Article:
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Single Market News - The changing focus of Internal Market policy-making-2006

Single Market News - The changing focus of Internal Market policy-making-2006

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Published by dmaproiect
At the end of June, Alexander Schaub stepped down as Director General of DG Internal Market and Service.
At the end of June, Alexander Schaub stepped down as Director General of DG Internal Market and Service.

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Published by: dmaproiect on Apr 02, 2010
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04/30/2010

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CONTENTS
 July 2006
42
Editeur responsableAnthony DempseyEuropean CommissionDG Internal Market and ServicesUnit A-4B - 1049 BrusselsTel: (+32 2) 295 73 57Fax: (+32 2) 295 43 51EditorNigel GriffithsTel: (+32 2) 298 65 11SubscriptionsAnita HaaseDG Internal Market and ServicesC100 1/130B-1049 BrusselsFax: +32 2 295 43 51E-mail: Markt-smn@ec.europa.euwww.ec.europa.eu/internal_market/smn.htmLayout:Unit A4Onlinehttp://ec.europa.eu/internal_market/smn.htm© European Communities, [2006]Reproduction is authorised provided the source isacknowledged.For further informationhttp://ec.europa.eu/internal_market/index_en.htmYour Europehttp://ec.europa.eu/youreurope
3Editorial4The changing focus of Internal Market policy-making7Internal Market Scoreboard shows the need tospeed up national efforts7Expert group formed to provide balanced adviceon accounting standards8Corporate governance: stakeholder consultationsshow the way forward10Launch of Financial Services Consumer Group10Expert group on mortgage funding created11SPECIAL FEATUREPostal reform in the EU moves forward15Industry reports recommend improvements toEU investment fund framework 16Public hearing examines key issues in insurance solvency18CSS fours years on - user survey gives avote of confidence19Public procurement: how to awardlow-value contracts fairly20Stakeholders debate future policy on patents22Infringements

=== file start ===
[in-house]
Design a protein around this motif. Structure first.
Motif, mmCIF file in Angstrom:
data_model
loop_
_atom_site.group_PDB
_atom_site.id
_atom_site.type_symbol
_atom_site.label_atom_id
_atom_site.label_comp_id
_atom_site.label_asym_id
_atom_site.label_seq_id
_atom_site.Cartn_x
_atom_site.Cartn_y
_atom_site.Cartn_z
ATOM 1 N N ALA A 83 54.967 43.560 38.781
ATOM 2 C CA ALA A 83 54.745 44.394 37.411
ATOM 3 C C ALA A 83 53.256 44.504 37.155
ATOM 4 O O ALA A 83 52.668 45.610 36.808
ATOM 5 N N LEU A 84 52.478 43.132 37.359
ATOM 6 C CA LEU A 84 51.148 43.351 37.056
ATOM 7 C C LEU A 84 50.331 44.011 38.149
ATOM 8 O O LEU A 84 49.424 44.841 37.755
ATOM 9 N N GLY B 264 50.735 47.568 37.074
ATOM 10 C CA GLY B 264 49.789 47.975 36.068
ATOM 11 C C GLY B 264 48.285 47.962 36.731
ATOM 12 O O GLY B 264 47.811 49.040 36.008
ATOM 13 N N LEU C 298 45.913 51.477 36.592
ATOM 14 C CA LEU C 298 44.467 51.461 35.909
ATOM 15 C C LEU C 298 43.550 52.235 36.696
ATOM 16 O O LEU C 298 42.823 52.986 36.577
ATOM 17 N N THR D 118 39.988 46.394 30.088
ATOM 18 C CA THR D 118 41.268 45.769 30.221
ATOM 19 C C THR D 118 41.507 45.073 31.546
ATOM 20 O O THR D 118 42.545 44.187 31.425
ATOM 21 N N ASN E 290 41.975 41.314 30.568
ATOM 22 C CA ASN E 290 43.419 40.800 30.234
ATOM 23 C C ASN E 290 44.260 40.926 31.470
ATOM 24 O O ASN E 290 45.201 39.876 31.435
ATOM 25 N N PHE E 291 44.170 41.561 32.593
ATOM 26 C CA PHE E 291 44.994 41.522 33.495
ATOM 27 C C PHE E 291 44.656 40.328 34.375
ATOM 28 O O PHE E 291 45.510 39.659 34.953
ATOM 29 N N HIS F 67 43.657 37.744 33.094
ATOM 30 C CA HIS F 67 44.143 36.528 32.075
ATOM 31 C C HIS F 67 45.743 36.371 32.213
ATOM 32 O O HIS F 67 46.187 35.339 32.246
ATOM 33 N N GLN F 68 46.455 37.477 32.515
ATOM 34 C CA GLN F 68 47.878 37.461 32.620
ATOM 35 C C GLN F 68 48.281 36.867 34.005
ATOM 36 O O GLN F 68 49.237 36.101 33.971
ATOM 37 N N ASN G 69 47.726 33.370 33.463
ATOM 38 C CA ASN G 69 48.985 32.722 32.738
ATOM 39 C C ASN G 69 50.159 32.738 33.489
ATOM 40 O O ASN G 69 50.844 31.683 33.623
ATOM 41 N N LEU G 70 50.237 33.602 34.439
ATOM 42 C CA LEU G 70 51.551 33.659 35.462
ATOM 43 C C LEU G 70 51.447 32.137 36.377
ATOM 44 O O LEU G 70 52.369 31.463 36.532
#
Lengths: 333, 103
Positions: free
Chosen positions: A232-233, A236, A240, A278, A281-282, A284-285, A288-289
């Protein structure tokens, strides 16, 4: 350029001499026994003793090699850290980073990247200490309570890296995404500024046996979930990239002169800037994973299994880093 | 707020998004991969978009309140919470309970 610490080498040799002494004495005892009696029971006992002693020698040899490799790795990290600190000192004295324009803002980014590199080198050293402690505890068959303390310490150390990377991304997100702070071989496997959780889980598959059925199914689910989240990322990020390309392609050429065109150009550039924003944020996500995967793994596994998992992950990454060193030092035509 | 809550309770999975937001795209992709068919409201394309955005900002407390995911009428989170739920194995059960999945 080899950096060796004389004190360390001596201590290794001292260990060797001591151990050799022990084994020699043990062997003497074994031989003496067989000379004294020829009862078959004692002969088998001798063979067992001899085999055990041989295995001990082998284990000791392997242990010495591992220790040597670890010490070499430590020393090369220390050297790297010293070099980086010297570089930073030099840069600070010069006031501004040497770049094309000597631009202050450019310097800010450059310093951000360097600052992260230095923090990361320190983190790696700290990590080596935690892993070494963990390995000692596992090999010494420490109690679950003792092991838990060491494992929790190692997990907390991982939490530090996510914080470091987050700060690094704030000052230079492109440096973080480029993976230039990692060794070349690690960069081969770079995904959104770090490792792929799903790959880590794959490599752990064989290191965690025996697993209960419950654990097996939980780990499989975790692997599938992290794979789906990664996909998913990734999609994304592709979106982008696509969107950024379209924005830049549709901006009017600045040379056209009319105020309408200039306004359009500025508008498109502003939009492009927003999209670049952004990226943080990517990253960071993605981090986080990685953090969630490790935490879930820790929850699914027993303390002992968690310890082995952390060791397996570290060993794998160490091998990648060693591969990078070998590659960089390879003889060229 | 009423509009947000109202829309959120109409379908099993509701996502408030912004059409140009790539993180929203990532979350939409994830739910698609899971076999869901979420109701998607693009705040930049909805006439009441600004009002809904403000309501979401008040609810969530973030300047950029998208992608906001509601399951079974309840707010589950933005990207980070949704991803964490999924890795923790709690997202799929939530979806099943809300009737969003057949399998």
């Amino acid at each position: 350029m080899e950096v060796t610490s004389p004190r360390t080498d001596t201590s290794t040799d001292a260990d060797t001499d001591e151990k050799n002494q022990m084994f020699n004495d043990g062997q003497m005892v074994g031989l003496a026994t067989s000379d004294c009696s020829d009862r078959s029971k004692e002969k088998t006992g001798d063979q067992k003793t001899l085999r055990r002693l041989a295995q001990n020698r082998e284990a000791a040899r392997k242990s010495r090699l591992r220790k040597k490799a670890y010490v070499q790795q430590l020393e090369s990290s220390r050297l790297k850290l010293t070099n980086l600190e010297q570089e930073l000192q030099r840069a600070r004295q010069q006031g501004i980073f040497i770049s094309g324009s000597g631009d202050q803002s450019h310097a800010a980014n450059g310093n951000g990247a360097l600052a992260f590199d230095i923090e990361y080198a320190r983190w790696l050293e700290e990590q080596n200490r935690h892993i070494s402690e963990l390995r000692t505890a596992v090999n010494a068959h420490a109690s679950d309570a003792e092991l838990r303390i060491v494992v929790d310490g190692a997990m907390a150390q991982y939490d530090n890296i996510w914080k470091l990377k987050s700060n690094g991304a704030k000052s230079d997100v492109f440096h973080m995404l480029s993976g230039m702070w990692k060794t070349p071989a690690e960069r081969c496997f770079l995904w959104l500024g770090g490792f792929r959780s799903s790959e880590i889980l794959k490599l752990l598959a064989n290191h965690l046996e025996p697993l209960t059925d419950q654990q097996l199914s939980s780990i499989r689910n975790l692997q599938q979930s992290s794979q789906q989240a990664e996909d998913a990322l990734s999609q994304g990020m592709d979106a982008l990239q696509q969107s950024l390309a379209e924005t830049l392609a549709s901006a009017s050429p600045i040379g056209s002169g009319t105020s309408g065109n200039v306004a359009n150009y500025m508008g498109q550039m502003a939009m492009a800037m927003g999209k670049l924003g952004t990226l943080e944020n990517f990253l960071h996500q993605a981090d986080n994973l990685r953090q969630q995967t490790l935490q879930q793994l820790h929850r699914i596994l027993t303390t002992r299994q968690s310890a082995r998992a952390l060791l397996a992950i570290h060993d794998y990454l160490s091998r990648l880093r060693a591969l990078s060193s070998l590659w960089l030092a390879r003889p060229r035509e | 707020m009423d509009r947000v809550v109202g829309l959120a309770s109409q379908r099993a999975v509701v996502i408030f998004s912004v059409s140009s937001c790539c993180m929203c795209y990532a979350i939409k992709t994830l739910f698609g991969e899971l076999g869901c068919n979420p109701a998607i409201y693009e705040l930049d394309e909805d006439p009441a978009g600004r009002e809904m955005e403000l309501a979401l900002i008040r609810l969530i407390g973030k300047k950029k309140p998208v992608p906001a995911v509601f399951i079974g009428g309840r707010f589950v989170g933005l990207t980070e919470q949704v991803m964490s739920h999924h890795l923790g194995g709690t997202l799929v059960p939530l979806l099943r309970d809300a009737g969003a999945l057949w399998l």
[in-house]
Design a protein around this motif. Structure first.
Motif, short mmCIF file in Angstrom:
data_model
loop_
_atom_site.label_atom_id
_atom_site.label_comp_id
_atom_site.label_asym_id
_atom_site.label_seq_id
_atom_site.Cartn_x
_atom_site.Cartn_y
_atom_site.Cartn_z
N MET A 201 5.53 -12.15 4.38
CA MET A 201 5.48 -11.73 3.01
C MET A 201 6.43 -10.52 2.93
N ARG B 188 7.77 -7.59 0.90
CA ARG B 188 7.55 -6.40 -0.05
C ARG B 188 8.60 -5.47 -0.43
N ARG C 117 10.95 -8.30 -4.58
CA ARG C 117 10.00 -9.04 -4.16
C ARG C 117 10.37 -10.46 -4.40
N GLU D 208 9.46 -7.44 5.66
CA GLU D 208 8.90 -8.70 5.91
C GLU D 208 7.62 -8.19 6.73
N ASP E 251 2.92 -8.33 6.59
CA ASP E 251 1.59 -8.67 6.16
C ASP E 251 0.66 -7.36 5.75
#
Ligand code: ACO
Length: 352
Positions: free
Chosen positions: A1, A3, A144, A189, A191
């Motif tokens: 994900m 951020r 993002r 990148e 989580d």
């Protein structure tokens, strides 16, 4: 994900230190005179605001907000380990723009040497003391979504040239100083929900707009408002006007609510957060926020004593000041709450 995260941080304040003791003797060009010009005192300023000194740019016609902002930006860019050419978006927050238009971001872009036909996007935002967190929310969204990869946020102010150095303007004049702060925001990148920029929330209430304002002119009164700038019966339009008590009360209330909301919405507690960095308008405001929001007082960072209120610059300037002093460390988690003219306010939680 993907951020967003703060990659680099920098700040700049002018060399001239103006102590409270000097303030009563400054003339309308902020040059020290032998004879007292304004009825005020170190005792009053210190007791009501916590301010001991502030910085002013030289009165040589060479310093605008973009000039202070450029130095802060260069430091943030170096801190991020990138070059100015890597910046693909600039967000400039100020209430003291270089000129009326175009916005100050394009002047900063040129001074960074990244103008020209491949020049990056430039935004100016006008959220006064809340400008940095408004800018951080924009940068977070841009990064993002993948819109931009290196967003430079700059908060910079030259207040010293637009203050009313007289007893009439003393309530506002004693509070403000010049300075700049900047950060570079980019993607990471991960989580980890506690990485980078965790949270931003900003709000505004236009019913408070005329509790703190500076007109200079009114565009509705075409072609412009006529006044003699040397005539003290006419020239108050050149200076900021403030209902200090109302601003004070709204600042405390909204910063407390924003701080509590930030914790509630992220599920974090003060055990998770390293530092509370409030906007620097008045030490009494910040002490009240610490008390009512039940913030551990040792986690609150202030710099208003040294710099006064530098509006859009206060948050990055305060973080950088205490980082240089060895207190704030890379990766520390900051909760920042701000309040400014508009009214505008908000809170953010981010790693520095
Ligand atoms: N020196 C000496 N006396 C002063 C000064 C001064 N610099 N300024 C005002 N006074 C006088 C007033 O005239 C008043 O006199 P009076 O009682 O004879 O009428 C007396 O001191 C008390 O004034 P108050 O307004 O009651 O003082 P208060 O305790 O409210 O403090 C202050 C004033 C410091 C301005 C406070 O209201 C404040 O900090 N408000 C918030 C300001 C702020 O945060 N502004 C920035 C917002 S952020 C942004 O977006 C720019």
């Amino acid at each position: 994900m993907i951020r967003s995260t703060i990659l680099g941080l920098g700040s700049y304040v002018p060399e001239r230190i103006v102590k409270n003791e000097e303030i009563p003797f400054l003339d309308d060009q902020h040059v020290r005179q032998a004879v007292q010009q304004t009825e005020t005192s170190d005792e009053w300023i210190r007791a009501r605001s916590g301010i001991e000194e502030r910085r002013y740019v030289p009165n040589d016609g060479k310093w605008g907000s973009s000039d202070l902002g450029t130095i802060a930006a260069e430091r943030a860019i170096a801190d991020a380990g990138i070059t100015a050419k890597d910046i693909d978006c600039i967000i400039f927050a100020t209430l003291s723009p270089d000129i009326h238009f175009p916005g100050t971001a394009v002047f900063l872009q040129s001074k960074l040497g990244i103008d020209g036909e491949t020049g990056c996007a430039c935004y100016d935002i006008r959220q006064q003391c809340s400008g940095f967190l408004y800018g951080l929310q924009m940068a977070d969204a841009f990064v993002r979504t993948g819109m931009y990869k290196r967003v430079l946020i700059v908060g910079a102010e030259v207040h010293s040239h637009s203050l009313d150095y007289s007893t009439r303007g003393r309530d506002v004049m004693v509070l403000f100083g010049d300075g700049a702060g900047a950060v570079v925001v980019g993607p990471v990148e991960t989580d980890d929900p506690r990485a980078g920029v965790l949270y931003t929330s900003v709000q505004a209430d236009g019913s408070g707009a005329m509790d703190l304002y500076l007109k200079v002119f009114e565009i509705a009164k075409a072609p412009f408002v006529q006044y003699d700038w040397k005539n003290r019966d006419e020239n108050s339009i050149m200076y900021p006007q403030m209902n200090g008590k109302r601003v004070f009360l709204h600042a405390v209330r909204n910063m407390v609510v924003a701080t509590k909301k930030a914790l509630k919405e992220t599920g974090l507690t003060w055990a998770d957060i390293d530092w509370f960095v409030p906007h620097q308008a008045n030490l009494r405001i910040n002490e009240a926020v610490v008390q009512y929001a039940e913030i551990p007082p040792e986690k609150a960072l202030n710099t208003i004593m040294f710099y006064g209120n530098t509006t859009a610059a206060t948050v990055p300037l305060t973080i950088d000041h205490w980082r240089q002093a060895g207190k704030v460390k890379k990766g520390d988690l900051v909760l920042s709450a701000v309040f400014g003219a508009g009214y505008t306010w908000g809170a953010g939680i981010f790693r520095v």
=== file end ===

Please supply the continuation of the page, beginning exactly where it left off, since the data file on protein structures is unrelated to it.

Photographs for this editionwere supplied by:Grifco Communications andthe European Commission.
 
At the end of June, Alexander Schaub stepped down as DirectorGeneral of DG Internal Market and Service. In conversation withSMN he reflects on the changing international context in which In-ternal Market policy now has to be developed. Whilst pointing to themany success stories in building the Internal Market, we should notlose sight of fact, he stresses, that there is still a long way to go. “Ithink that the truth is that the Single Market will always be a work in progress. It will never quite be ready but we continue to makeprogress.” (see page 4).The first two years of the Commission’s Action Plan on CompanyLaw and Corporate Governance have seen the first wave of meas-ures implemented or in the process of adoption. To confirm prioritiesfor the next stage, the Commission organised a consultation and fol-lowed this with a public hearing in Brussels. The public hearing whichattracted some 300 stakeholders, broadly confirmed the written re-sponses to the consultation and sought selective action in key areasof concern regarding the most efficient way to modernise companylaw and corporate governance (see page 8).The EU’s postal sector is a major economic vehicle. It is one of thebiggest employers in Europe with 1.7 million people directly em-ployed and 3.8 million people working in related industries. The rev-enue of the sector amounts to 90 billion euro, which corresponds to0.9% of the Union’s gross domestic product. Since the launch of aCommission Green Paper in 1991, which highlighted some apparentshortcomings in the sector, the postal sector has been undergoingfar-reaching reform. This has resulted at the end of the day in signifi-cant improvements - notably in terms of quality of postal servicesand efficiency of national postal operators. See Special Feature onpage 11.A relatively low cost and efficient patent system in the EU is seenas essential by many technology-based industries trying to grow andprosper in a fast-moving global economy. The new industrial policylaunched by the Commission in October 2005 also identified thedevelopment of IPR as major policy initiative. Commission effortsso far at launching the Community Patent (COMPAT) have beendeadlocked over thorny and expensive issues such as translationrequirements. In January the Commission launched a consultationon stakeholders’ views on the future of the patent system in Eu-rope and in July invited stakeholders to a public hearing in Brussels.Whilst the consultation has demonstrated that there is a widespreadpreference for the Community Patent (COMPAT) as a way forward,stakeholders, it is clear, do not wish to have this system at any price(see page 20).Thierry Stoll